Praveen's Blog

An Eternal Quest for Incremental Improvement

Fix one; break two!

I am using Lenovo Thinkpad T60 that has ATI Mobility Radeon X1300 on it. I run Debian GNU/Linux sid on my laptop. Even though I am not extensively using a lot of 3D applications on my laptop, I am forced to use AMD's proprietary fglrx driver so that I can have my dual screen setup running with AMD's big desktop. I have used NVIDIA's proprietary driver on Linux three years ago. It was much better even three years back compared to the crippled fglrx driver that AMD distributes currently.

I am so much annoyed with the driver releases that AMD makes. I was so unhappy that fglrx driver didn't have AIGLX support. This kept me away from Compiz that I was running on my old laptop in spite of the fact that I just had a mediocre Intel graphics adapter. Finally AMD added the much awaited AIGLX support in fglrx 8.42. However, I was not able to run Compiz using that driver on my box as there was a bug that made it crippled with XOrg 1.4. That is not all of it. Scrolling in most of the applications had become very slow. I can't do anything but to wait for the next driver release where things would be fixed.

Then came the fglrx 8.43 release. I didn't see a significant stuff in the driver apart from their change of version number. Now the driver is known as "ATI Catalyst" and the version number uses format. I got ATI Catalyst 7.11. They didn't even care to fix the bug that crippled the driver with XOrg 1.4. The scrolling speed issue is not fixed as well. The first application to communicate with the driver would hang eternally till you kill it. Wait, that is not all! It also brings a shiny memory leak issue in the OpenGL applications. What now? Wait for the next ATI Catalyst.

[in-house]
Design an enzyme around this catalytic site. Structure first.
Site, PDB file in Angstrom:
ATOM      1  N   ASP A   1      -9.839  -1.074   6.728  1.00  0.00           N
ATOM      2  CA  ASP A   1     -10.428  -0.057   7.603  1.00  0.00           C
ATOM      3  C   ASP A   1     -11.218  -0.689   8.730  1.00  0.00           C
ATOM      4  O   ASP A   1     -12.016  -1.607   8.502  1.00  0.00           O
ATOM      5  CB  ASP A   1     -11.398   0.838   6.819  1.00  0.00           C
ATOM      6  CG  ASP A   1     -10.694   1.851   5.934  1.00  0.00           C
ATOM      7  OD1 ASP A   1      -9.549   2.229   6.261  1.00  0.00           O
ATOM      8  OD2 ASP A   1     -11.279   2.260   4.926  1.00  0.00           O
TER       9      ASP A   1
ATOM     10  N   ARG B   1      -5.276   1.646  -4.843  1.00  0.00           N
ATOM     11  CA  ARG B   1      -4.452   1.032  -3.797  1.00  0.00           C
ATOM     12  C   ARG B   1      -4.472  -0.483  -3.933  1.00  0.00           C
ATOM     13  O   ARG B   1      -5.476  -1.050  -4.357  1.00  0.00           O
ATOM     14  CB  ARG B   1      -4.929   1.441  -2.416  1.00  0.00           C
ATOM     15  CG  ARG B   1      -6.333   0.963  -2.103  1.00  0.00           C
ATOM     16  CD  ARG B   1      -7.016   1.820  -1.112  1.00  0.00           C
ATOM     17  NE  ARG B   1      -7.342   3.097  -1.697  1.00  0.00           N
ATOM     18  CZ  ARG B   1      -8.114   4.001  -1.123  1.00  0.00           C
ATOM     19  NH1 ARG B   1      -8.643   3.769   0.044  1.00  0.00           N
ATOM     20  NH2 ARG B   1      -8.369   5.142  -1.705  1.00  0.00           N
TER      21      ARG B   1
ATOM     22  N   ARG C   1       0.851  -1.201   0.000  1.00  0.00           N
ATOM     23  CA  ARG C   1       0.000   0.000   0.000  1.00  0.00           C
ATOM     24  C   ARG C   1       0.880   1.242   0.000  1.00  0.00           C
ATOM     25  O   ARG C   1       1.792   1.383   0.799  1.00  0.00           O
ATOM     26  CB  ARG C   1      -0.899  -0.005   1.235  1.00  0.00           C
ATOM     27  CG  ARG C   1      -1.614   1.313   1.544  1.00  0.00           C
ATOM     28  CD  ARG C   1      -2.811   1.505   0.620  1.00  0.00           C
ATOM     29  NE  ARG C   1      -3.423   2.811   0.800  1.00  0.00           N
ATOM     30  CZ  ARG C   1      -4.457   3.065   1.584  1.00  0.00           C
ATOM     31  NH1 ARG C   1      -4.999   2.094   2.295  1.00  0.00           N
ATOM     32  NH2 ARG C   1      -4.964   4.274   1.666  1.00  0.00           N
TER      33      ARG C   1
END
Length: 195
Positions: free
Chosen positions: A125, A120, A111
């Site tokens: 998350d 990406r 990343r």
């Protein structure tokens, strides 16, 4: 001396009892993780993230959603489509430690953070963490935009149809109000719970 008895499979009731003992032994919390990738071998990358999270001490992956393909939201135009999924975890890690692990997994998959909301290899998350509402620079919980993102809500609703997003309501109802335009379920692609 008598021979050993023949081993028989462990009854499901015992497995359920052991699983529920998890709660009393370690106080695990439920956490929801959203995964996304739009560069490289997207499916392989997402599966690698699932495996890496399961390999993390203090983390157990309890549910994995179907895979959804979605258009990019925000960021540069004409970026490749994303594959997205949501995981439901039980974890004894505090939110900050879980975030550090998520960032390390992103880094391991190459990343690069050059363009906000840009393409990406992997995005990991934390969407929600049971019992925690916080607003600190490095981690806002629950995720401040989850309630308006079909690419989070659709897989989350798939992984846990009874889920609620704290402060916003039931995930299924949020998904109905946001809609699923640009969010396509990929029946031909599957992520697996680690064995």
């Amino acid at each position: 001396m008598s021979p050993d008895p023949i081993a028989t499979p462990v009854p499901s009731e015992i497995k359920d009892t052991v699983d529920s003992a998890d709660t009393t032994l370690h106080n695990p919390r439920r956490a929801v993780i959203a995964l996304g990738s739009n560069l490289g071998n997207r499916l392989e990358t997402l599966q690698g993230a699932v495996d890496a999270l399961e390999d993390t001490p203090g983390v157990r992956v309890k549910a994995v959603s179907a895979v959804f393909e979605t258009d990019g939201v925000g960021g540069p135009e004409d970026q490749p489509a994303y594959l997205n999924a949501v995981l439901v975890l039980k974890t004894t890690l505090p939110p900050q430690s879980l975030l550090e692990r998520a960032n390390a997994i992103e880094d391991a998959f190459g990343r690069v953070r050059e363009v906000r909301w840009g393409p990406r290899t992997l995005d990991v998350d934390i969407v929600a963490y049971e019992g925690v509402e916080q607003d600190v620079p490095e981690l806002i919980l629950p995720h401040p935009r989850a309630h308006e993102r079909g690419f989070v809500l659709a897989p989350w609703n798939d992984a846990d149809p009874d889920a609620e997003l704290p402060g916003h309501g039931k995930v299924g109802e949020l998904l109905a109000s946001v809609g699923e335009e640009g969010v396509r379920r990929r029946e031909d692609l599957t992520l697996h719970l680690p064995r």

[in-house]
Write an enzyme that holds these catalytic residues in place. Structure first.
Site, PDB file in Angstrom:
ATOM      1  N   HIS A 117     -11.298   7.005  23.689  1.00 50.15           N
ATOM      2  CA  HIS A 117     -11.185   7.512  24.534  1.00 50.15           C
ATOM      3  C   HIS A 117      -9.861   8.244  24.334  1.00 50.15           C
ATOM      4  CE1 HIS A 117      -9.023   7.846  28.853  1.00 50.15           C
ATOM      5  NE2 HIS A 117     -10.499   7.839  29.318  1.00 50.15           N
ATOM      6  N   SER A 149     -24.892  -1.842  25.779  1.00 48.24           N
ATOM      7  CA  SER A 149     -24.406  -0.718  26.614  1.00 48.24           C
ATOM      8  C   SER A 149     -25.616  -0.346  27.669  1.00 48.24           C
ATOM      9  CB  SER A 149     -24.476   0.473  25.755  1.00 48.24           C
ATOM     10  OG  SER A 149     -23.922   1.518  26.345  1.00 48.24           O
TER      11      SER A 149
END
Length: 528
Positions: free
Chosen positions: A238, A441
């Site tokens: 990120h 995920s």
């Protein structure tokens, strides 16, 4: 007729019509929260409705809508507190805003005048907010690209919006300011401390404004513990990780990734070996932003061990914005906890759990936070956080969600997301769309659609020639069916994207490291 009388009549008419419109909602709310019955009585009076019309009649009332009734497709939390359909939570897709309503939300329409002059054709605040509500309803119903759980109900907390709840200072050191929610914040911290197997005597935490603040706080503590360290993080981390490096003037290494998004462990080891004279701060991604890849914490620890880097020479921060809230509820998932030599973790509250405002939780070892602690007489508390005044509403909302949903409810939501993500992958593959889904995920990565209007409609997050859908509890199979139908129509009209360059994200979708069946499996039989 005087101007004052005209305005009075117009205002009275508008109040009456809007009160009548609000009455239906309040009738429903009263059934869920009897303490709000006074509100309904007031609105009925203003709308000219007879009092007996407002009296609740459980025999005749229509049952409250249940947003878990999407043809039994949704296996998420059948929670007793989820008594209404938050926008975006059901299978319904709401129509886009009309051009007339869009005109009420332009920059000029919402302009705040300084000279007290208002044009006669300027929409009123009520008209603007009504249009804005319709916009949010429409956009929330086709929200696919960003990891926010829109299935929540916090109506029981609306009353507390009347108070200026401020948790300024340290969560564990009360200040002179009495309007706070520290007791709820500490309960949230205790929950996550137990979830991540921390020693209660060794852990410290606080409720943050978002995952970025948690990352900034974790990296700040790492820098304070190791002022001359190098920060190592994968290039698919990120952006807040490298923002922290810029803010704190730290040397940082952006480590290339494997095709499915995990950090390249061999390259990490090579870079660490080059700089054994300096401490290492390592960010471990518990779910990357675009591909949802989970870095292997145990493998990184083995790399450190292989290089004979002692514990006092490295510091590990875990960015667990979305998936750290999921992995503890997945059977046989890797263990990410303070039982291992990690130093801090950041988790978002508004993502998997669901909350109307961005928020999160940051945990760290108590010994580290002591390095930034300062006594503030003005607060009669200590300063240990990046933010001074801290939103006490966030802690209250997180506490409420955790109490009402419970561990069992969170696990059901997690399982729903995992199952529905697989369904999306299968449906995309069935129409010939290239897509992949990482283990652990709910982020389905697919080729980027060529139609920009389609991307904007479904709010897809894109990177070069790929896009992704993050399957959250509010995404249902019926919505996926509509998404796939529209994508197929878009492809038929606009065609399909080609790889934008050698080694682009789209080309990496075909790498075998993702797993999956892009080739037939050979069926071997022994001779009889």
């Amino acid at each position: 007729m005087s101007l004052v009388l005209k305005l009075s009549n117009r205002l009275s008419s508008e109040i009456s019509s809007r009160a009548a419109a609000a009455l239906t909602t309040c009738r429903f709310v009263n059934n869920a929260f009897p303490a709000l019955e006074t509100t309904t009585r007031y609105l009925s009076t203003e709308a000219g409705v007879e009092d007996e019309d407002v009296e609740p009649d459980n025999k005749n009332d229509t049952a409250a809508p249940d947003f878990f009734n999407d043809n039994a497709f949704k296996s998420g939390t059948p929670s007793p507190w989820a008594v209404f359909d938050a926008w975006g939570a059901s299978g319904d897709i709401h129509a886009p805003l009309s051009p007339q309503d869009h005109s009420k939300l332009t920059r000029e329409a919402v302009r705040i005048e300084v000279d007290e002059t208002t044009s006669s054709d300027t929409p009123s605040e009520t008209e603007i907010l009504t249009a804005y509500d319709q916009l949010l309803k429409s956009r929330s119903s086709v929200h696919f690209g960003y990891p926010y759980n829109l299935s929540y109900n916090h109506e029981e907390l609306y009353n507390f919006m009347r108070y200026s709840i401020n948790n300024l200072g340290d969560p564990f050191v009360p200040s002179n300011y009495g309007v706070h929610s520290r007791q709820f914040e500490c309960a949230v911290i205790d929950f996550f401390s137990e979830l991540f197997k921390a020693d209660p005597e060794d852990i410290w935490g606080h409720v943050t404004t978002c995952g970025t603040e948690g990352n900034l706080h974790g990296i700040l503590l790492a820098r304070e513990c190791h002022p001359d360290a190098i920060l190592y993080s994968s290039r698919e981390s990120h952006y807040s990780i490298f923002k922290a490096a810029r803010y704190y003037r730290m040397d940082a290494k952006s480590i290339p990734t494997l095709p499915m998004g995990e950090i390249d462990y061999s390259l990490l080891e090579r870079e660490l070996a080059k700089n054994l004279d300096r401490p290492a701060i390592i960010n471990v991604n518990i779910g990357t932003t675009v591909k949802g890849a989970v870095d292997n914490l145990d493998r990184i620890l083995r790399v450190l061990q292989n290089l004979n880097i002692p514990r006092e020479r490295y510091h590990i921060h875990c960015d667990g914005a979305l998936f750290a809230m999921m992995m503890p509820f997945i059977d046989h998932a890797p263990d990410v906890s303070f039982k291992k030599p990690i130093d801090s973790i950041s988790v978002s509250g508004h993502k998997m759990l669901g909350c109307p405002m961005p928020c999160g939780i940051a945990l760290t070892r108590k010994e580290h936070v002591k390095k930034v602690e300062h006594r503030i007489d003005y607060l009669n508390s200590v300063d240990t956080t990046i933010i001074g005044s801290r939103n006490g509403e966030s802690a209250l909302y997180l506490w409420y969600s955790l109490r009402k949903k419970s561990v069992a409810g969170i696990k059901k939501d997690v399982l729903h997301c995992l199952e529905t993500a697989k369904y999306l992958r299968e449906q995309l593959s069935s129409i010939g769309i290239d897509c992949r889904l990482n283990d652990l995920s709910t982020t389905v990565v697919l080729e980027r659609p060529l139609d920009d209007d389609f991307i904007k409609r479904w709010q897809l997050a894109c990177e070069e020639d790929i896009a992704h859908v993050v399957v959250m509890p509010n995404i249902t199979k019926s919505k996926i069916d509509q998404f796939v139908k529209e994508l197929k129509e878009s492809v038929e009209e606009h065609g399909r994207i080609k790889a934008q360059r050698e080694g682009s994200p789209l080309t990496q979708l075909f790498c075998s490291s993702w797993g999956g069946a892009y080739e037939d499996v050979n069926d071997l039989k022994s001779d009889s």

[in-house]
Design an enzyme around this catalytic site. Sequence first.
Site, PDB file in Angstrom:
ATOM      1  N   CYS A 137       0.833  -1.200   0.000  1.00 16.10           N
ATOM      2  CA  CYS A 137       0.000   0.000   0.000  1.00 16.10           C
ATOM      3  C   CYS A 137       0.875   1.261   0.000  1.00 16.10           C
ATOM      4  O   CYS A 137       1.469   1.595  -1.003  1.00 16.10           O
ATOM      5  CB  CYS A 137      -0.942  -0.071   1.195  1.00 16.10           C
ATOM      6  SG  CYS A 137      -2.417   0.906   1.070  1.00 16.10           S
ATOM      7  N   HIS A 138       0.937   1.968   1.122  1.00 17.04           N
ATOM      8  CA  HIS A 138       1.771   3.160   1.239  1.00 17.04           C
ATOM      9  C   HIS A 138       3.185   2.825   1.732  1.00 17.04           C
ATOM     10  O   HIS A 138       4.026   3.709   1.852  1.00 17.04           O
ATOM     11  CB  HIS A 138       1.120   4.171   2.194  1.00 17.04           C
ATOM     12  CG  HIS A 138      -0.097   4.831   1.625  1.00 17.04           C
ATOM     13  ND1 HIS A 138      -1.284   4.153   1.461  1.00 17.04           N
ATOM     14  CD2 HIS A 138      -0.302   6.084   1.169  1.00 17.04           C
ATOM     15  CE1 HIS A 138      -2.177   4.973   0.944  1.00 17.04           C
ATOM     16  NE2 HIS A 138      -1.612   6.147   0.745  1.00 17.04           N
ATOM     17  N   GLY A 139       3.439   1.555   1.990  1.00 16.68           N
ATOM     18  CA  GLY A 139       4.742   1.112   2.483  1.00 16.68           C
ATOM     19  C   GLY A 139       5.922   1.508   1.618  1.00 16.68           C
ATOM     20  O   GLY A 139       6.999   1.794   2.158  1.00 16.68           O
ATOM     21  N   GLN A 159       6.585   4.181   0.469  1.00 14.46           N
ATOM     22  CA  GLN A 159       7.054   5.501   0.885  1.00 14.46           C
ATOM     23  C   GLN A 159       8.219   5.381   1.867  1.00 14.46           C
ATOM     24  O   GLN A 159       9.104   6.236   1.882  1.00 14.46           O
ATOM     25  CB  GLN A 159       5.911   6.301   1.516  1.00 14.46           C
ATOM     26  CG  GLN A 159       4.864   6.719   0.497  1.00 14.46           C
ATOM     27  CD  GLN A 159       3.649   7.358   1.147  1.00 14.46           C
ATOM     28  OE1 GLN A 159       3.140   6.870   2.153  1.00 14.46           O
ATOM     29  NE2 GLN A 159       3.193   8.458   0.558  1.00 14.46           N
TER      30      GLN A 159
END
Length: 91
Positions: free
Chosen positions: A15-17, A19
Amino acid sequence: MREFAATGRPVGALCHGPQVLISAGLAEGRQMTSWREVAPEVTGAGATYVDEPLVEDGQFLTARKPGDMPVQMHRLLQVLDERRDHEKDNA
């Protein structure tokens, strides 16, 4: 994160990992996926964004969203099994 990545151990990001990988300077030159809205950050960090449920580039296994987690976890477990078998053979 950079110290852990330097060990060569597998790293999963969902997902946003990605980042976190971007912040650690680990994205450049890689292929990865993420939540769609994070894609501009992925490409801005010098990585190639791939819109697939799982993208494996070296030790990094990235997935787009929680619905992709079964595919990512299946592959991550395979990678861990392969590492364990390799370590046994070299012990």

Here comes ATI Catalyst 7.12. They have fixed OpenGL memory leak issue. But the XOrg 1.4, scrolling speed, first application to communicate to the driver still stays. I got an added bonus. This driver breaks the support for wide screen resolutions for certain displays. Well, I was the unfortunate. My Thinkpad can't run 1400x1050 anymore with this driver. It fell back automatically to 1024x768. It looked horrible! I had no option than to switch back to 7.11 and wait for 8.1, where they will 'Fix one; break two' again.

Here are the few thoughts that came to my mind after this whole experience.

  • I would never buy a ATI graphics card given the state of their Linux driver. I am planning to go for NVIDIA GeForce 8800 GT for the gaming PC that I would get assembled shortly. Can't AMD realize that they are losing at least a bunch of customers because of their awful Linux driver?
  • It is clear that AMD's driver release follows Iterative approach with an iteration cycle close to 4/5 weeks. If AMD can't either add significant stuff to the driver or test the driver thoroughly, why don't they revisit the iteration cycle? It makes no sense to me to release a quick degrading versions. Each incremental release should evolve consistently.
  • How many developers are working on the driver as of now? I guess it is one or maybe two. Does AMD find it difficult to hire developers for their Linux driver? I would expect that AMD should have atleast 4 developers dedicated to their driver development.